ASX 200: reporting more than financials, Australia edges down the Integrated Reporting pathway

Nick Ridehalgh, Partner, Audit and Assurance
Nick Ridehalgh, Partner, Audit and Assurance
Michael Bray, Partner, Audit & Assurance and Leader, Better Business Reporting Group
Michael Bray, Consultant

There are some encouraging developments in Australian corporate reporting – but we are still behind other parts of the world.

The third KPMG ASX 200 corporate reporting – evolution and integration publication, just out, shows that well over half of top companies are now ‘cutting the clutter’ from their annual reports.

Immaterial information is being removed, reports re-structured and shortened, and clarity of presentation improved to benefit investors and other users.

The survey found:

  • 117 ASX200 companies – up from 68 in 2015 – have ‘cut the clutter’ in their annual reports this year
  • 107 companies – up from 55 a year ago – are now including accounting policies with the associated notes, making it easier for investors to assess them
  • 105 companies (54 in 2015) grouped notes to accounts into more logical categories
  • 61 companies (20 in 2015) have used call-out boxes highlighting key areas of investor interest while 14 (3 last year) included graphs or images to illuminate important points
  • The average financial report now has 31 notes and 56 pages – consistent with 2015 but a decrease from 35 and 61 respectively in 2014.

Another area where many companies have been ‘de-cluttering’ their reports, relates to executive remuneration – always an area of keen interest.

While the average length of ASX 200 Remuneration Reports has dropped by only one page this year (17 compared to 18 in 2015) our review shows that many companies are describing more clearly how key management personnel are remunerated in the short, medium, and long-term, including highlighting amounts ‘at risk’. They are specifically discussing how remuneration is linked to key strategic initiatives and re-ordering the disclosures to show a more practical and meaningful flow of information.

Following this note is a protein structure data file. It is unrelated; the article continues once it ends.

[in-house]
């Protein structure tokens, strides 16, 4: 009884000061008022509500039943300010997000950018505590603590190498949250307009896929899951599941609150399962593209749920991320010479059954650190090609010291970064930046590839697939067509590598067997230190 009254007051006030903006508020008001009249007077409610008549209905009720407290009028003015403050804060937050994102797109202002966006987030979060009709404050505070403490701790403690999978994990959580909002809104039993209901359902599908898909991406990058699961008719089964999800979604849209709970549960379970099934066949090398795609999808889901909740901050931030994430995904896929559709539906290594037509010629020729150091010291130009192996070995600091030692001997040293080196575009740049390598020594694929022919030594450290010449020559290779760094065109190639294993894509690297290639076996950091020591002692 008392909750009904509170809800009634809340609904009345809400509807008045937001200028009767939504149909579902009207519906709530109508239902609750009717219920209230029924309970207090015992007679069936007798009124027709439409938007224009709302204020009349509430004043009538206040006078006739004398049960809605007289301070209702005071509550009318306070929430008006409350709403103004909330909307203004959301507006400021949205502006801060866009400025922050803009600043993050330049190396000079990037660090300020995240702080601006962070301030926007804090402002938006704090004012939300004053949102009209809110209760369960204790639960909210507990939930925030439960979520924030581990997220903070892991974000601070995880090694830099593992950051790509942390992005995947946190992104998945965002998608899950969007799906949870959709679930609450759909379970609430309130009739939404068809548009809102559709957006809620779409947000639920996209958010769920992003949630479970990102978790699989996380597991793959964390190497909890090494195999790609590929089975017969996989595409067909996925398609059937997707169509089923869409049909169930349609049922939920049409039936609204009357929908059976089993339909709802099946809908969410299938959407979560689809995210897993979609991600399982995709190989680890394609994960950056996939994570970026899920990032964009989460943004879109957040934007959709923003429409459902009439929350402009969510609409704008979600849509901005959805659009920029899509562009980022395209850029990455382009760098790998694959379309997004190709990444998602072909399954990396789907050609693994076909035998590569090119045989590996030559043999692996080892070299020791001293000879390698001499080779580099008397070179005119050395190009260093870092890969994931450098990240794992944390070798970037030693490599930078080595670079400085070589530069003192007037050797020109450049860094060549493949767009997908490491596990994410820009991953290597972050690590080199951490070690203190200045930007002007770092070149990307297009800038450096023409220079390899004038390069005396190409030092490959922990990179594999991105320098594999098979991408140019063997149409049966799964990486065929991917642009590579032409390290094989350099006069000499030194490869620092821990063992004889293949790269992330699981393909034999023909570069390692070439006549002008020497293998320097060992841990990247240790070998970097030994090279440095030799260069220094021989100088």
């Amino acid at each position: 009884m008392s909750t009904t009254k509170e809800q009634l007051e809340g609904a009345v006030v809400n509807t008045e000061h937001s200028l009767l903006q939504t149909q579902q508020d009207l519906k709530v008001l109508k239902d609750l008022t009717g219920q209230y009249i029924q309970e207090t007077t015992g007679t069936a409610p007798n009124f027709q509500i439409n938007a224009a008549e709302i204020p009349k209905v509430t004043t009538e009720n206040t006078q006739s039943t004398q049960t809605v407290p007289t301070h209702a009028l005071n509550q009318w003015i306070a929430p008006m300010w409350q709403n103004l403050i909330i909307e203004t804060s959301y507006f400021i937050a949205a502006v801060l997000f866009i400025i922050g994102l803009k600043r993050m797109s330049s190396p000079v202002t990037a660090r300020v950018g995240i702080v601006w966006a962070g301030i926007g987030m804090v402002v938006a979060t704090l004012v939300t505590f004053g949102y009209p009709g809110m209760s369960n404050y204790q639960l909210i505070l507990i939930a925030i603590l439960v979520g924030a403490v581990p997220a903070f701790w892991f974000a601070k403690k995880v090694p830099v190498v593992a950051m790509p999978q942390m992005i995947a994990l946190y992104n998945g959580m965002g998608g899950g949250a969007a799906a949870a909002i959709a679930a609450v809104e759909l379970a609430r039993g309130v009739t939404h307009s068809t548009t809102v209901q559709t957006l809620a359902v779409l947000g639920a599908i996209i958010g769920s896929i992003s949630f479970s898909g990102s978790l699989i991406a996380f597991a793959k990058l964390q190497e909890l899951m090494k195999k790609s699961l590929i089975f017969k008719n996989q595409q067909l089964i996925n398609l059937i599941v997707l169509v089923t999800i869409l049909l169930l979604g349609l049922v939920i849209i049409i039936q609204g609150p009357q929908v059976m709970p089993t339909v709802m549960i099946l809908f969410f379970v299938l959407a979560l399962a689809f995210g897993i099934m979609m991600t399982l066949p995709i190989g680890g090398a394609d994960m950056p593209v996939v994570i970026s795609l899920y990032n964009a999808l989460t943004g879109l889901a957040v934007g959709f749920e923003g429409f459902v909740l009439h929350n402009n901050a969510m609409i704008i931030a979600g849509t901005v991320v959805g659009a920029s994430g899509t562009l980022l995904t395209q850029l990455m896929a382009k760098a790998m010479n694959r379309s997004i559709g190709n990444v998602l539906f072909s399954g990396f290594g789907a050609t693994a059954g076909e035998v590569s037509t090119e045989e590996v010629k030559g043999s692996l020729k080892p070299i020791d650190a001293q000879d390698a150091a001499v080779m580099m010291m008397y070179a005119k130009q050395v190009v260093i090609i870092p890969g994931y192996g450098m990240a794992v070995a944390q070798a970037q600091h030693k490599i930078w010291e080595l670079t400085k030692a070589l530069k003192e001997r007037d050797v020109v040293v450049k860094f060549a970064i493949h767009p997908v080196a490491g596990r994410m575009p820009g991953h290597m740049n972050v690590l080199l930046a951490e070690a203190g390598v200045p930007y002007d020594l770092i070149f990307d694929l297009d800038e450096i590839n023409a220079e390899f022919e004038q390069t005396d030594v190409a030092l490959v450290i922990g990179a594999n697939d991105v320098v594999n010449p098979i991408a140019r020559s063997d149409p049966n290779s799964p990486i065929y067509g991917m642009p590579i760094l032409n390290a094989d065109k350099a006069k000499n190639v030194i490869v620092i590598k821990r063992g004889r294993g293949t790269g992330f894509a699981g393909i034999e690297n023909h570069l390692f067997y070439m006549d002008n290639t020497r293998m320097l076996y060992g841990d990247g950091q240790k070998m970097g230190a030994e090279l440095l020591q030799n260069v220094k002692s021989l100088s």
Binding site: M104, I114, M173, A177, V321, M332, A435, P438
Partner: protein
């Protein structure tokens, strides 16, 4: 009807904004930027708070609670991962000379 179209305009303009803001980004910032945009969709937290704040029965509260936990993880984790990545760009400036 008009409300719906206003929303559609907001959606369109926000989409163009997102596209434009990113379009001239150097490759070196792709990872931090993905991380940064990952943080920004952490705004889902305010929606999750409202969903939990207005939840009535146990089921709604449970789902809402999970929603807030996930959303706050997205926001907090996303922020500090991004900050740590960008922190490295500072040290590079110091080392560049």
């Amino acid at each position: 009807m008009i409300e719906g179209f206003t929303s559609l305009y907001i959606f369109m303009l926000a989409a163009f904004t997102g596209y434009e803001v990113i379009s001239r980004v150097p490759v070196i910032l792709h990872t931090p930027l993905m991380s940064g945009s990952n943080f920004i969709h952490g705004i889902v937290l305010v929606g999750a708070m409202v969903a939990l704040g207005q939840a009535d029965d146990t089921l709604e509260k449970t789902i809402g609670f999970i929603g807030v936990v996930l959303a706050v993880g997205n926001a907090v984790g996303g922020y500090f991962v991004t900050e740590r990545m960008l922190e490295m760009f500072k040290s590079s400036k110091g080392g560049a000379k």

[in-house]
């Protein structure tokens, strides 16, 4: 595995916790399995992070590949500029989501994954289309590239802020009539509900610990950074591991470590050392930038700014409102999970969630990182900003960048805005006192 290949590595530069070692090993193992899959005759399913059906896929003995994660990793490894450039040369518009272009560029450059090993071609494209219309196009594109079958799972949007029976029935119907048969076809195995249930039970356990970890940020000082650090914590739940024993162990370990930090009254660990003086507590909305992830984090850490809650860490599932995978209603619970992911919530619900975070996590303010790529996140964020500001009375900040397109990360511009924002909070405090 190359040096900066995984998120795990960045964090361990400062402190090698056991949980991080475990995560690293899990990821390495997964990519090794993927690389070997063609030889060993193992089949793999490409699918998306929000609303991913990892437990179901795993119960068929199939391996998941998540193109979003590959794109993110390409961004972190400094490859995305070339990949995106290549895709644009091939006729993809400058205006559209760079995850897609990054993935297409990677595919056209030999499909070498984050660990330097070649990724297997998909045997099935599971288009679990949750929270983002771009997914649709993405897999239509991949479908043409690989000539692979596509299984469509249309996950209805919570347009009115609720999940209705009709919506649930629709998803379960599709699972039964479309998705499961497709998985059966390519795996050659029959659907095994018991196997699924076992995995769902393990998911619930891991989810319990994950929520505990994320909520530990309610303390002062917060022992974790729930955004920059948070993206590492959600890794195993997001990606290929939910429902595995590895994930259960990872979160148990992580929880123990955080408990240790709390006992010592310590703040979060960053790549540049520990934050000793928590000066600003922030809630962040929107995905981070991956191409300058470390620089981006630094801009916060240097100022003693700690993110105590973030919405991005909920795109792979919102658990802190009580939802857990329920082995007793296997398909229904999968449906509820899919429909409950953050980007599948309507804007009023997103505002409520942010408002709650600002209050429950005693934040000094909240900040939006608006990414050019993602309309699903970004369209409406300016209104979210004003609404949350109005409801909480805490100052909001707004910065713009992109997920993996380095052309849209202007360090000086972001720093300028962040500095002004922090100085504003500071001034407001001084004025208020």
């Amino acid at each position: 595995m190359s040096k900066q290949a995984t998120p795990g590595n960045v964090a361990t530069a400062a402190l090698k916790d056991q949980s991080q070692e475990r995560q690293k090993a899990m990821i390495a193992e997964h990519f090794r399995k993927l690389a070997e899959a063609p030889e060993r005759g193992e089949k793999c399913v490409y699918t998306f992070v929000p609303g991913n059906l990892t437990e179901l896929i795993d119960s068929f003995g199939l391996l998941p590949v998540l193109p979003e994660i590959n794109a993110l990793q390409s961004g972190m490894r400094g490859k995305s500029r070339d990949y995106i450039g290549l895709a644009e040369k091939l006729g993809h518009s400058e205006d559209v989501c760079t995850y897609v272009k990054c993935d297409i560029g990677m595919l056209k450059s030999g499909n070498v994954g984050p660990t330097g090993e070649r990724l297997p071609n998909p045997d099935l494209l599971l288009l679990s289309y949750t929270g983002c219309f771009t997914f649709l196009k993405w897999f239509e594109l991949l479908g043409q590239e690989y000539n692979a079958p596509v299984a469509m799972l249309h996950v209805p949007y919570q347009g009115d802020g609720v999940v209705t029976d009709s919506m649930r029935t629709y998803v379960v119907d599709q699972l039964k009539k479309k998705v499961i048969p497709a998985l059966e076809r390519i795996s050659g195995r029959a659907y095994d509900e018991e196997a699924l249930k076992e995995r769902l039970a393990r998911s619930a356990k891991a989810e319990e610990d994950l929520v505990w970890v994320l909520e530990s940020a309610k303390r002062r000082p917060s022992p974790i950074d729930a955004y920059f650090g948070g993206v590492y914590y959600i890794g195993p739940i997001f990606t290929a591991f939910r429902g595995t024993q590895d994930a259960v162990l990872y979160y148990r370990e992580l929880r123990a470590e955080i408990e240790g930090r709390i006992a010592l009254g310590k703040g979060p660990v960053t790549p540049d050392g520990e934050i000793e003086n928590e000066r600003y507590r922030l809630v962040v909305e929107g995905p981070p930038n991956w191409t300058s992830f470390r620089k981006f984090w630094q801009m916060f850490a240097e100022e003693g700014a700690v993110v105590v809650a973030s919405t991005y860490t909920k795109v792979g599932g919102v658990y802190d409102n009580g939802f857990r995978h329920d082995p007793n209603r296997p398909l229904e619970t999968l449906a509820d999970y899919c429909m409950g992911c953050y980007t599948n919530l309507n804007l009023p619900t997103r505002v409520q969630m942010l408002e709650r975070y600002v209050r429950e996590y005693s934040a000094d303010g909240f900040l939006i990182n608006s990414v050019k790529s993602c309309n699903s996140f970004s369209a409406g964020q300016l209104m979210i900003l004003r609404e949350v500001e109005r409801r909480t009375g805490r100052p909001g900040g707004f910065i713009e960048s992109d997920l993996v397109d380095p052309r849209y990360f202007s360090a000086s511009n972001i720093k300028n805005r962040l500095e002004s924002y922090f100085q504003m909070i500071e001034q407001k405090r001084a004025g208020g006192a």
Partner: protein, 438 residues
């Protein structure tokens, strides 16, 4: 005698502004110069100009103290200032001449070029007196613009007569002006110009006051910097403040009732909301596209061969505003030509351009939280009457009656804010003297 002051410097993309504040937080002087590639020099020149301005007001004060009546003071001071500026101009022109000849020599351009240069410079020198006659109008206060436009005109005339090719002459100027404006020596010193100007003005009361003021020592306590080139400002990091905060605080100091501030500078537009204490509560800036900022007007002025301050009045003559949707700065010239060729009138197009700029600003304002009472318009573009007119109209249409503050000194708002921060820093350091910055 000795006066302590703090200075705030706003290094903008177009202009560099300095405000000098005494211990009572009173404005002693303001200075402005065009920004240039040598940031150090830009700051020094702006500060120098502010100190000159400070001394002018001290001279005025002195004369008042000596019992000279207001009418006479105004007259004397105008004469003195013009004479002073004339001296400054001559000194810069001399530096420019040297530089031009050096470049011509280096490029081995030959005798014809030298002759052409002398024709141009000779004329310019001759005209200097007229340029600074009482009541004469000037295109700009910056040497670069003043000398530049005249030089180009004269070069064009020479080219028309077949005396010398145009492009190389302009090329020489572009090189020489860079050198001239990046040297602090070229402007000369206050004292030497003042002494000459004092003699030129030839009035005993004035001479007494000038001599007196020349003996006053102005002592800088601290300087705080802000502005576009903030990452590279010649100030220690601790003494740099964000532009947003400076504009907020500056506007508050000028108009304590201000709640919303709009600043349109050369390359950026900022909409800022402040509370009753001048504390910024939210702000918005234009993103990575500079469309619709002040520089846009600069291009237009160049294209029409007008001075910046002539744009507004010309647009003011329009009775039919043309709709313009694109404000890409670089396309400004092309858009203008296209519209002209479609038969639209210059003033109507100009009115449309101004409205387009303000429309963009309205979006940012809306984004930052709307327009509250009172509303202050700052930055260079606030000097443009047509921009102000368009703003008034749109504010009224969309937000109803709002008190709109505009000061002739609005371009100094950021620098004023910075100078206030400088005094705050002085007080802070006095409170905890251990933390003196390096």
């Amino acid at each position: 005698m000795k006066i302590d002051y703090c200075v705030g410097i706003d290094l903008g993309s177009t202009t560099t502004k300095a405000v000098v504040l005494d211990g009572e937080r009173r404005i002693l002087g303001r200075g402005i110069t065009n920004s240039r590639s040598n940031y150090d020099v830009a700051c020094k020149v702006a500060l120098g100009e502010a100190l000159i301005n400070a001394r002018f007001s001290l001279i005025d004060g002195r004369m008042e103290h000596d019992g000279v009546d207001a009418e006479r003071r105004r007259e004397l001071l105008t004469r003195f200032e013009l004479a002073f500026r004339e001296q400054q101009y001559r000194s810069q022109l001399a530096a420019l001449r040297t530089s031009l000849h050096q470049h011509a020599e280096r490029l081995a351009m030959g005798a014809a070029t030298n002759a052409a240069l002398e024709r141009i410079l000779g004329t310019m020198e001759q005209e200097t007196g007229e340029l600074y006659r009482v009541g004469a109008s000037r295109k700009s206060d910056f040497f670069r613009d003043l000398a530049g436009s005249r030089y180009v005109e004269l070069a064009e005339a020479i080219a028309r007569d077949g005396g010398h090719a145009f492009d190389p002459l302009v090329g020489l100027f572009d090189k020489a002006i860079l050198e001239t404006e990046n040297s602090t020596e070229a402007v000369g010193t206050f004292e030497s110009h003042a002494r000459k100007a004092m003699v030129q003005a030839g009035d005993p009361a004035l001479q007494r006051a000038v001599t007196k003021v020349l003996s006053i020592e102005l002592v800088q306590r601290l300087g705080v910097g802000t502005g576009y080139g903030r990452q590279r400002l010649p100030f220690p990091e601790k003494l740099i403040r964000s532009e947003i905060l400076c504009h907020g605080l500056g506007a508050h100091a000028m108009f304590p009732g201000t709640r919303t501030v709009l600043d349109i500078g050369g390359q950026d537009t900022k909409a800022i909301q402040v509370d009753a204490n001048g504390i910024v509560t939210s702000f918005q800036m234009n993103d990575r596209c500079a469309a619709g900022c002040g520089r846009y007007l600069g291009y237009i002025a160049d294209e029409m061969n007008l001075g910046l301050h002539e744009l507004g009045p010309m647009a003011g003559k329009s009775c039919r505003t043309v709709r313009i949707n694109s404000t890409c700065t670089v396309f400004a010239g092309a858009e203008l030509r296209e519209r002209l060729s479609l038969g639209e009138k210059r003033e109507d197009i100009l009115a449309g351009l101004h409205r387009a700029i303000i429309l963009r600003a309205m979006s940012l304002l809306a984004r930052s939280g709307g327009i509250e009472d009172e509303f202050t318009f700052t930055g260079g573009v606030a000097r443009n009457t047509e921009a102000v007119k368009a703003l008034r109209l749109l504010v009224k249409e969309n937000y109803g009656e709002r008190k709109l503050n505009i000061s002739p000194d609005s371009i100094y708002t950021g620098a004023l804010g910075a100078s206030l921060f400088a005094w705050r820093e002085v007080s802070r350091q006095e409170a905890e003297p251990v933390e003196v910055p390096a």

We believe it entirely appropriate that metrics – both financial and non-financial – which clearly and demonstrably measure execution of a company’s strategy should form a key part of the basis on which executives are rewarded. That can include issues such as operational effectiveness, customer service experience or achievement of diversity targets – as long as the metrics chosen are core to the organisation’s stated strategy.

But our study shows that as well as de-cluttering annual reports, there are more significant changes afoot.

Organisations such as NAB, Lendlease, VicSuper, Australia Post and Cbus have all moved further along what we call the ‘reporting continuum’. They are showing in their reports how they create long-term value.

Excitingly, for those of us who have been in the vanguard of the international move to integrated reporting, examples are now appearing in Australia either of full integrated reports, or the principles being applied. Significant numbers of companies are using their reports to demonstrate, much more clearly than ever before, the drivers of long-term value creation, rather than just focusing on financial performance.

What does this involve? It means presenting the linkages between business models, strategies, risks, performance and outlook.

The primary purpose of an integrated report is to explain to financial capital providers how an organisation creates value over time. The best way to do so is through a combination of quantitative and qualitative information, which is where the International Integrated Reporting Council’s “six capitals” come in.

The six capitals are stocks of value that are affected or transformed by the activities and outputs of an organisation. The IIRC framework categorises them as financial, manufactured, intellectual, human, social and relationship, and natural. Across these six categories, all the forms of capital an organisation uses or affects should be considered.

An organisation’s business model draws on various capital inputs and shows how its activities transform them into outputs, or value. This can, and should be tailored to the company’s own circumstances – and we are now seeing signs of this happening domestically, as well as overseas. Encouragingly too, we are hearing how investors are increasingly seeing the value of this approach.

We are already looking forward to next year’s report and hope to be able to observe further development of corporate reporting in Australia along these lines.

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